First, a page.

Designer: Old Tom Morris, Alistair Mackenzie
One of the oldest golf clubs in Ireland, Lahinch Golf Club is also one of the most respected links courses in the world. Set right on the Atlantic coastline, Lahinch is exposed to the ocean through all her moods and has been moulded and shaped over the centuries by nature's harsh elements and an occasional touch of human genius. Lahinch, with its towering sand dunes, undulating fairways, rolling greens and fair share of blind shots, is the perfect natural golfing terrain a true links in the traditional meaning of the word.
As with most links with roots in the 19th century, Lahinch boasts an interesting history. In March 1892, two prominent members of Limerick Golf Club travelled to the west coast of Clare following a rumour that somewhere between Ennistymon and Miltown Malbay, there was suitable ground upon which to build a golf course. The end result was the development of a ten hole layout and the first game of golf was played at Lahinch in April 1892. Two years later, Old Tom Morris was invited to Lahinch to examine the course. Having surveyed the terrain, Morris was deeply impressed and he insisted that when the proposed changes were carried out that Lahinch would be on a par with the five best links of the United Kingdom. Following subsequent design changes carried out by Dr. Alistair Mackenzie in 1928, time has proved that Morris wasn't far wrong in his assessment.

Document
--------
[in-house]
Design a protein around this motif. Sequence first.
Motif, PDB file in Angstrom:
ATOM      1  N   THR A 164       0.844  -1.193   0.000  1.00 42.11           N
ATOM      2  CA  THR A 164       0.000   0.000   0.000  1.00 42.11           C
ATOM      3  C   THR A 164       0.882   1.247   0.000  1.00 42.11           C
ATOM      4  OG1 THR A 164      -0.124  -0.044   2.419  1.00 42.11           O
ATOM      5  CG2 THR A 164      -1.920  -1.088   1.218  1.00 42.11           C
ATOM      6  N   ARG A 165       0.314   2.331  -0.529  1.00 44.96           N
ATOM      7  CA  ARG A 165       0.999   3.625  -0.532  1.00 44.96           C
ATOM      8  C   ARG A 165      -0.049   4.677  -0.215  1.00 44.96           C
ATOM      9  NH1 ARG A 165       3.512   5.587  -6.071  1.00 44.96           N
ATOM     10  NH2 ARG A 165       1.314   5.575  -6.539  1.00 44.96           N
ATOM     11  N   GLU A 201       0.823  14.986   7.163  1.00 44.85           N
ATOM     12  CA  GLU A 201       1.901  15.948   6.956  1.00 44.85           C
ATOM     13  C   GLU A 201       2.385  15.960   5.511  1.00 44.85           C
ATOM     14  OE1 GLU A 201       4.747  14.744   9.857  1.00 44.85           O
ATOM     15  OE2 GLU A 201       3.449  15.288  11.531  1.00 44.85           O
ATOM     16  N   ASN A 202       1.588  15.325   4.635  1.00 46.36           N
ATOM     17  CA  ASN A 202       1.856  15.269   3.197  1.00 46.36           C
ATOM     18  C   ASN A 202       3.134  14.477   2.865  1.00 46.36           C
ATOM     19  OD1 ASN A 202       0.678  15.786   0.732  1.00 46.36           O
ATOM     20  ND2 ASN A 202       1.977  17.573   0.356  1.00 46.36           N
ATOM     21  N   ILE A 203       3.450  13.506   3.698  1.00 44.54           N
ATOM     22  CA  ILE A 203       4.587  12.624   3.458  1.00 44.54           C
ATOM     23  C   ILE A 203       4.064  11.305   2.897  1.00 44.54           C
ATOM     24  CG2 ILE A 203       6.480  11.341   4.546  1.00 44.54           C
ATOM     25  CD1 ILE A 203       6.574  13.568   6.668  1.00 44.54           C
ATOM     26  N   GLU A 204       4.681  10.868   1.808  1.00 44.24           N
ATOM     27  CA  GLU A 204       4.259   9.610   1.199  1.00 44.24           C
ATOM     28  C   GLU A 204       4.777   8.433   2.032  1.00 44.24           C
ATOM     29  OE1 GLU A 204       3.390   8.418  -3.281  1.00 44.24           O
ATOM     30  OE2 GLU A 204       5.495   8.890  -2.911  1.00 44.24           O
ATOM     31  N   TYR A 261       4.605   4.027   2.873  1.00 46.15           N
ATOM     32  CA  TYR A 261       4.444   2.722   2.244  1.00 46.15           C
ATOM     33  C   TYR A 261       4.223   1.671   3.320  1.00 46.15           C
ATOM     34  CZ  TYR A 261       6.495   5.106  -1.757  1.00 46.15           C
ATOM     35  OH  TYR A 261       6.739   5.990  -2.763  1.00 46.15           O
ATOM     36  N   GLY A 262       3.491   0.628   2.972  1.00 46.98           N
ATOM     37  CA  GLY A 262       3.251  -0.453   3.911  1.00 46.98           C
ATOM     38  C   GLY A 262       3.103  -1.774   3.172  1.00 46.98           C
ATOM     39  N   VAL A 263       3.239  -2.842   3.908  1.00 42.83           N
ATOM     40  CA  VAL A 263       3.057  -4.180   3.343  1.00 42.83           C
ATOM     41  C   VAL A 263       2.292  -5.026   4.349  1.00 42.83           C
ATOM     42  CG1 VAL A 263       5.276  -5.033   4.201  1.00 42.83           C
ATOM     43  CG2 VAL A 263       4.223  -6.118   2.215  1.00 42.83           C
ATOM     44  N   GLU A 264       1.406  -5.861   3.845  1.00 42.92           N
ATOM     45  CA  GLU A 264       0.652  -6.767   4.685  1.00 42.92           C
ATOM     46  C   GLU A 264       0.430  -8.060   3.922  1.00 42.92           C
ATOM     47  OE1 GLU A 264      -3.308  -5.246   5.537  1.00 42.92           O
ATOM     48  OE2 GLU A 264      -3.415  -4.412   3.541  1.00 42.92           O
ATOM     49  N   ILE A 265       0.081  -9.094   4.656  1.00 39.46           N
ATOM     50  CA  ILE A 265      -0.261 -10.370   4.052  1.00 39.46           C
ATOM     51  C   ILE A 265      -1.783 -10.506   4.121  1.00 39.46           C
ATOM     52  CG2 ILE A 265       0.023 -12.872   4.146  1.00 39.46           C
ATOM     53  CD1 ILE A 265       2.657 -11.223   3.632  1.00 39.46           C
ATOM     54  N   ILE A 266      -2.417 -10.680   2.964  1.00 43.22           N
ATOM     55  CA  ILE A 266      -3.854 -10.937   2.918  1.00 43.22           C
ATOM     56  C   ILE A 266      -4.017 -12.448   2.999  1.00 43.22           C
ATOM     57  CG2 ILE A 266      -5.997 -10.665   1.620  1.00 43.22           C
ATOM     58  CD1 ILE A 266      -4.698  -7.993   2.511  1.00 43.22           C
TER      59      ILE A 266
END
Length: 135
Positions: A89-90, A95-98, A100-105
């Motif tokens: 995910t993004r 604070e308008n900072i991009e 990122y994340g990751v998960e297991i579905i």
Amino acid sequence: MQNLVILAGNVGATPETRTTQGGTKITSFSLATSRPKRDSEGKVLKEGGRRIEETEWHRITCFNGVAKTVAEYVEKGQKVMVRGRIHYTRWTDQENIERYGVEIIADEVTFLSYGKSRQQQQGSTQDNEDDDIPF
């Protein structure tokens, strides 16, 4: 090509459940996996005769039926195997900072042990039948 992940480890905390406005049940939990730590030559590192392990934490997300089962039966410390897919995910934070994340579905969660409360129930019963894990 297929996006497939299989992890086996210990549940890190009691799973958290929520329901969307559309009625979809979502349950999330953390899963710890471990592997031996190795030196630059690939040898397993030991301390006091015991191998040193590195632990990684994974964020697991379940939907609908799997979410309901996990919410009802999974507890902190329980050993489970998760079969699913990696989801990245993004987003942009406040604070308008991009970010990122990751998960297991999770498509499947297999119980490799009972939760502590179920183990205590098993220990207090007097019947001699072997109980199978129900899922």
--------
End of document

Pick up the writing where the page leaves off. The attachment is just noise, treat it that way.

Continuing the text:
Apart from the splendour of its location, Lahinch has gained wide recognition for its charming idiosyncrasies, not least among them being the goats, whose outline adorns the club's crest. It is said that the goats of Lahinch act as weathermen for all golfers. If the goats are grazing on the dunes, the weather will remain fine but if they venture towards the shade of the clubhouse, then prepare for a spot of rain. Lahinch possesses two of the most famous holes in Irish golf in "Klondyke", the 5th and "Dell", the 6th. The par 5 Klondyke demands a drive into a scenic valley from where one plays a completely blind second shot over a monstrous dune to a gently rolling green some 200 yards further on. Dell on the other hand is one of the most photographed and controversial short holes in golf. The green on this par 3 is nestled between two steep dunes and is completely blind from the tee. The line here is over a stone moved along the face of the fronting dune, while the outcome can be very much in the lap of the golfing gods